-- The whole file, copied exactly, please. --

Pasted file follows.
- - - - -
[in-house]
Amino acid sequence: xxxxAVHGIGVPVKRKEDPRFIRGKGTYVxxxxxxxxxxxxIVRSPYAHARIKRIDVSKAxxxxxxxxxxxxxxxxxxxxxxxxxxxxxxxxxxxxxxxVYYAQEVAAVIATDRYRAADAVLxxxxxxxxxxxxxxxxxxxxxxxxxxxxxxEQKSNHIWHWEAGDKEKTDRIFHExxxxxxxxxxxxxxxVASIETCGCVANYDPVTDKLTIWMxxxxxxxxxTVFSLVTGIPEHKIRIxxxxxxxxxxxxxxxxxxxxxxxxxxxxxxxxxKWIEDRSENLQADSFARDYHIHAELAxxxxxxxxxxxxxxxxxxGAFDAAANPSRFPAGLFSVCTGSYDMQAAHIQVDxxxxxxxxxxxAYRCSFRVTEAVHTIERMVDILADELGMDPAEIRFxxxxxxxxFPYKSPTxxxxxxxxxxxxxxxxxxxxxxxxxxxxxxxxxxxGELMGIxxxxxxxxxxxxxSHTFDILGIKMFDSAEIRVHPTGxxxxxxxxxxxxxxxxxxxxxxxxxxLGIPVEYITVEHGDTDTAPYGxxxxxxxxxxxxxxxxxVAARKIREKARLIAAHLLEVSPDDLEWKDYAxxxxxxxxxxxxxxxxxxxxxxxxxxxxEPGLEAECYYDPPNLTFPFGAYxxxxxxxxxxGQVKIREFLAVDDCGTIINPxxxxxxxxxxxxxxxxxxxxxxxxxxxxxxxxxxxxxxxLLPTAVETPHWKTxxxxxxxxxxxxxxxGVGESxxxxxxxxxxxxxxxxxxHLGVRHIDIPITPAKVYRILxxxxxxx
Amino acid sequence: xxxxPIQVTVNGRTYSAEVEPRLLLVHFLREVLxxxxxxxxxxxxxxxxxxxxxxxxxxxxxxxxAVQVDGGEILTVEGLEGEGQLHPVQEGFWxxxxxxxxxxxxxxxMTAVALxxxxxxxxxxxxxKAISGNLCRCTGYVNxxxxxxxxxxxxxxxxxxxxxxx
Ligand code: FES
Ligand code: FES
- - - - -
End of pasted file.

[in-house]
Amino acid sequence: xxxxAVHGIGVPVKRKEDPRFIRGKGTYVxxxxxxxxxxxxIVRSPYAHARIKRIDVSKAxxxxxxxxxxxxxxxxxxxxxxxxxxxxxxxxxxxxxxxVYYAQEVAAVIATDRYRAADAVLxxxxxxxxxxxxxxxxxxxxxxxxxxxxxxEQKSNHIWHWEAGDKEKTDRIFHExxxxxxxxxxxxxxxVASIETCGCVANYDPVTDKLTIWMxxxxxxxxxTVFSLVTGIPEHKIRIxxxxxxxxxxxxxxxxxxxxxxxxxxxxxxxxxKWIEDRSENLQADSFARDYHIHAELAxxxxxxxxxxxxxxxxxxGAFDAAANPSRFPAGLFSVCTGSYDMQAAHIQVDxxxxxxxxxxxAYRCSFRVTEAVHTIERMVDILADELGMDPAEIRFxxxxxxxxFPYKSPTxxxxxxxxxxxxxxxxxxxxxxxxxxxxxxxxxxxGELMGIxxxxxxxxxxxxxSHTFDILGIKMFDSAEIRVHPTGxxxxxxxxxxxxxxxxxxxxxxxxxxLGIPVEYITVEHGDTDTAPYGxxxxxxxxxxxxxxxxxVAARKIREKARLIAAHLLEVSPDDLEWKDYAxxxxxxxxxxxxxxxxxxxxxxxxxxxxEPGLEAECYYDPPNLTFPFGAYxxxxxxxxxxGQVKIREFLAVDDCGTIINPxxxxxxxxxxxxxxxxxxxxxxxxxxxxxxxxxxxxxxxLLPTAVETPHWKTxxxxxxxxxxxxxxxGVGESxxxxxxxxxxxxxxxxxxHLGVRHIDIPITPAKVYRILxxxxxxx
Amino acid sequence: xxxxPIQVTVNGRTYSAEVEPRLLLVHFLREVLxxxxxxxxxxxxxxxxxxxxxxxxxxxxxxxxAVQVDGGEILTVEGLEGEGQLHPVQEGFWxxxxxxxxxxxxxxxMTAVALxxxxxxxxxxxxxKAISGNLCRCTGYVNxxxxxxxxxxxxxxxxxxxxxxx
Ligand code: FES
Ligand code: FES